Italian Government Proposes Stringent Measures Against CBD and Hemp Flower Products

by Jennifer

The Italian government, led by Prime Minister Giorgia Meloni, has unveiled a legislative proposal targeting industrial hemp, aiming to eradicate CBD and all derivatives sourced from the plant’s flowers.


The proposed amendment, embedded within the contentious Security Bill, seeks to prohibit the import, processing, possession, transfer, distribution, trade, transport, dispatch, delivery, sale, and consumption of hemp flowers, even in semi-finished or processed forms.

Described as “a grotesque crackdown” by Federcanapa, a prominent trade association, the measure effectively bans any productive or commercial activity associated with hemp flowers, irrespective of their THC content.

Economic and Social Implications

Beppe Croce, President of Federcanapa, warns of severe repercussions if the law is enacted. The proposed legislation would cripple the hemp extract sector, impacting CBD and other non-psychoactive cannabinoids widely used in herbal medicine, cosmetics, and food supplements. Croce predicts the closure of approximately 3,000 businesses and the displacement of 15,000 workers.

Context of the Security Bill

Originating in 2023, Italy’s Security Bill encompasses a broad spectrum of issues ranging from law enforcement and prison conditions to immigration and public demonstrations. The bill enhances law enforcement’s authority and introduces stricter penalties, potentially extending to violations related to hemp production and distribution.

Challenges to the Amendment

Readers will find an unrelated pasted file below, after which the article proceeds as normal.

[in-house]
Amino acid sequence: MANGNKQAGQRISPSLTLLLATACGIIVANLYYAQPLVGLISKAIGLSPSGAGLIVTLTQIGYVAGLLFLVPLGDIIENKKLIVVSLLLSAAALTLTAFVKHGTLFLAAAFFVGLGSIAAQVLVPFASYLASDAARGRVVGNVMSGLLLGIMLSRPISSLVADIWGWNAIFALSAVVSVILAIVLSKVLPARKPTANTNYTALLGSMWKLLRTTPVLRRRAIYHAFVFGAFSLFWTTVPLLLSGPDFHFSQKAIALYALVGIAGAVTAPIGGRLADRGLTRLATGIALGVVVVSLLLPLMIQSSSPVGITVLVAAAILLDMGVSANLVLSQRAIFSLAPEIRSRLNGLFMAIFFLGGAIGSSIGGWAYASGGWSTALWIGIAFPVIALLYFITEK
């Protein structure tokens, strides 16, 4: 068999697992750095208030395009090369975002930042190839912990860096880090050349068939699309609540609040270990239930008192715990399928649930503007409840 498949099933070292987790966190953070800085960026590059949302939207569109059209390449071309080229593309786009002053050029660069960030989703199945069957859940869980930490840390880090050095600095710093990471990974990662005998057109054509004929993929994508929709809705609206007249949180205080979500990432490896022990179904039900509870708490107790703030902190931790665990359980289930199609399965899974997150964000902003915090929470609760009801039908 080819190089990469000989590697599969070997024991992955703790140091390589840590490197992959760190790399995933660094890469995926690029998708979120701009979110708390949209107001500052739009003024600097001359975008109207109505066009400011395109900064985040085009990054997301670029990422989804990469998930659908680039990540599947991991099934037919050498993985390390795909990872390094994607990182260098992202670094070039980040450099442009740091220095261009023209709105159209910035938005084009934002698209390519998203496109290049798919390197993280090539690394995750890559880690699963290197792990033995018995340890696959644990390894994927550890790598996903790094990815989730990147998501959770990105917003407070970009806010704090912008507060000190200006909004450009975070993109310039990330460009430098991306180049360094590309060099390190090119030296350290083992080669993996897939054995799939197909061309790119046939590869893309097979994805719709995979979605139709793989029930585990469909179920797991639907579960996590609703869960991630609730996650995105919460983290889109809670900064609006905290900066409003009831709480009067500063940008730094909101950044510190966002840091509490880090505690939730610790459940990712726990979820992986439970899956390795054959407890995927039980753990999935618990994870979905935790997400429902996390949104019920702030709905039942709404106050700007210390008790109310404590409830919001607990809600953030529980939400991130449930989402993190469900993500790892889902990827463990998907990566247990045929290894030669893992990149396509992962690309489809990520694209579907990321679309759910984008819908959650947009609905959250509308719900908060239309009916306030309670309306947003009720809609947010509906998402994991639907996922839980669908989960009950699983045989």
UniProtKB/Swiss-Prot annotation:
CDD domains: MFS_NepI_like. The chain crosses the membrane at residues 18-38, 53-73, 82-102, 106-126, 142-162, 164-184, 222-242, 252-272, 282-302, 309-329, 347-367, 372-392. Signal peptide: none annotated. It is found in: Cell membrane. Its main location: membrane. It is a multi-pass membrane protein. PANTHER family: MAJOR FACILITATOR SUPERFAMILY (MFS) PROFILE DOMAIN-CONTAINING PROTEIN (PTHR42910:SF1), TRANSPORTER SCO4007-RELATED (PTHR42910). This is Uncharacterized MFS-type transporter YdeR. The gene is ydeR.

Federcanapa vows to challenge the proposed amendment, urging the Constitutional Affairs and Justice Commissions to reject it. Giacomo Bulleri, a legal expert representing the trade group, argues that the amendment conflicts with EU law, leaving Italy vulnerable to potential infringement procedures by the European Union. The EU has previously affirmed the legality of hemp-derived products.

EU Legal Precedent

In 2020, the European Commission issued a legally binding ruling asserting that CBD is not a narcotic and can be traded freely within member states. This decision aligned with an earlier ruling by the European Union Court of Justice. However, despite EU guidance, Italian authorities continue to target CBD, other cannabinoids, and “cannabis light” products, which are low in THC and processed for smoking.

The proposed measures signal a contentious debate between national legislation and EU regulations regarding hemp-derived products, posing significant implications for Italy’s hemp industry and its broader economic landscape.


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